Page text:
without-dad-at-christmas-2My youngest sister, Jean, and I were talking recently about our memories.  Although there is 8 years difference in our ages, neither of us has many Christmas memories. And there aren’t many pictures of our Christmases.    So here are a few random Christmas memories:

One Christmas when Judy and I were young, our dolls got baths and new clothes for Christmas!  We were thrilled – they seemed like new dolls to us.  Several years later, I asked for a “Ginny” doll for Christmas – a precursor to Barbie.  One of the cereal companies was offering her as a box-top special.  I ate the cereal, Mom collected the box tops, and Ginny arrived in time for Christmas.  By my sophomore year in high school, Judy and I were making most of our clothes.  My senior year everyone was wearing matching pastel skirt and sweater sets.  It had to have been quite a stretch for Mom’s budget, but I received a light mint green skirt and sweater that year.

I am sure Mom loved all of the Christmas gifts Mom received over the years.  Judy and I would save our money and go to the dime store and buy her Evening in Paris cologne; or we would buy more loops for our looms and make her pot holders.  If Mom got pot holders, Dad got handkerchiefs!

One year, Mom was getting ready for company to join us for Christmas dinner – probably Aunt Marge and Uncle Bob. Anyway, Mom had the vacuum and was cleaning up in the living room.  She lifted the wand to turn around and sucked the tinsel off the tree!

A couple more Mom memories.  One year she drove us into Grayslake and while there decided to get the Christmas tree.  It was close to Christmas and the tree was definitely a “Charlie Brown” tree.  Dad teased her about the pitiful tree she selected.   Another year, Mom dropped the turkey as she took it out of the oven.  I was walking into the kitchen at the time. She picked it up and put it back in the pan and suggested we not tell anyone!

Sometime after we moved to the lake, Tinkerbell became a regular visitor. Somewhere Mom got a small Tinkerbell knick-knack.  She told all of us that Tinkerbell reported our behavior to Santa.  All year long, she would move Tinkerbell around the house to keep an eye on us!  She was way ahead of the Elf on the Shelf!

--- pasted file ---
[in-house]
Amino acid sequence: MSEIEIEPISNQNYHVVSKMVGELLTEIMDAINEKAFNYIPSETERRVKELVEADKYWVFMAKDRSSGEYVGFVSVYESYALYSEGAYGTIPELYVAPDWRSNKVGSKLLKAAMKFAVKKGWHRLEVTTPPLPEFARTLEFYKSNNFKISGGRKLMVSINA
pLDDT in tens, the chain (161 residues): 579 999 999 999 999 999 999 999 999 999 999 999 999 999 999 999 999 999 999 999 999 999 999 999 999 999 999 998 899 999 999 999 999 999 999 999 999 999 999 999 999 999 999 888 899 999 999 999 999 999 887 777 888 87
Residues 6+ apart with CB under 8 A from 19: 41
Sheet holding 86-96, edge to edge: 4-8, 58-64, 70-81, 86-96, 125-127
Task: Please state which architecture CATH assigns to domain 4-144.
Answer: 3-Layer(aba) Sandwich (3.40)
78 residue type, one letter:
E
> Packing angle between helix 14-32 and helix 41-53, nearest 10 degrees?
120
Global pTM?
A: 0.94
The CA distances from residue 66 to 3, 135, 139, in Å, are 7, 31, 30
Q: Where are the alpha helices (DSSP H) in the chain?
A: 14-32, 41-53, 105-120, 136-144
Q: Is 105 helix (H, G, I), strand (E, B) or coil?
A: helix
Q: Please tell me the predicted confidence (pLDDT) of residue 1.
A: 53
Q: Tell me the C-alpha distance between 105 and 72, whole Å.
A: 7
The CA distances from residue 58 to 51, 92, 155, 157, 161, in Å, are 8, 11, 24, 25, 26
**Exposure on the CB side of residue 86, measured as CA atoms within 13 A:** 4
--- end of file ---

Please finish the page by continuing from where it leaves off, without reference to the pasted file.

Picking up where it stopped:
The highlight of the day was Christmas Dinner.  It was not always the same thing,  usually turkey, ham, or roast beef.  Judy became the family baker and at an early age was making a variety of Christmas cookies.

In the fall, Judy and I would go into the pasture behind the house in Indian Hills and pick up hickory nuts… bags and bags of nuts.  In the evenings, we would shell the nuts.  Mom always made white nut bread with a powdered sugar glaze and a row of maraschino cherries down the top as our gifts to take to our teachers.  Here is her recipe.

White Nut Bread

¾ cup sugar
2 Tlbsp soft shortening
1 egg
1 ½ cups milk
3 cups sifted flour
3 ½ tsp baking powder
1 tsp salt
¾ cup chopped nuts

Mix together thoroughly sugar, shortening and egg.  Stir in the milk.
Sift together the flour, baking powder and salt. Stir into the milk mixture.
Stir in the nuts.
Pour into a well-greased 9×5 loaf pan.
Let stand 20 minutes before baking.
Bake at 350 for 60 – 70 minutes or until pick comes out clean.













Chips and Brats

For most of Dad’s career he was a meat-cutter/sausage maker.  He began working for his father in the family meat market.  One day Grandpa told Dad that he had taught Dad all he could.  He encouraged Dad to find a new mentor.

Until he retired, the only break Dad took from meat-cutting was when he and Mom moved with Judy and me to Indian Hills.  For several years, he drove a Blue Star potato chip delivery truck. He delivered potato chips, pretzels, and other snacks to taverns and small grocery stores.  Occasionally we got a treat from the truck – my favorites were the big pretzel sticks and the sardines!  (Mom remembered and many years later when I went off to Northern Illinois University, my first care package was big pretzel sticks!)

During the summer, Dad would take Judy or me along for a day.  I loved riding in the truck with Dad.  There was a hole in the floor.  I remember being both fascinated and a little scared seeing the road go by beneath us.  What I didn’t like was the way taverns smelled!

Dad eventually returned to cutting meat, making sausage and flirting over the counter.  He was a natural at all three, but sausage-making was his favorite.  He tweaked his recipes, adjusted spices until he felt that he had perfected Polish sausage, Italian sausage, and Bratwurst! (Dad loved creating and one of his other passions was wood-burning, but that is a story for another day!)

After we moved to the lake, family picnics became a regular summer occurrence with “brats” headlining the menu!  I don’t know Dad’s recipe for making bratwurst, but I have included his recipe for cooking “brats” below.   As he grew older and spent time reminiscing, he would often remind us, “Now this is how you cook brats…”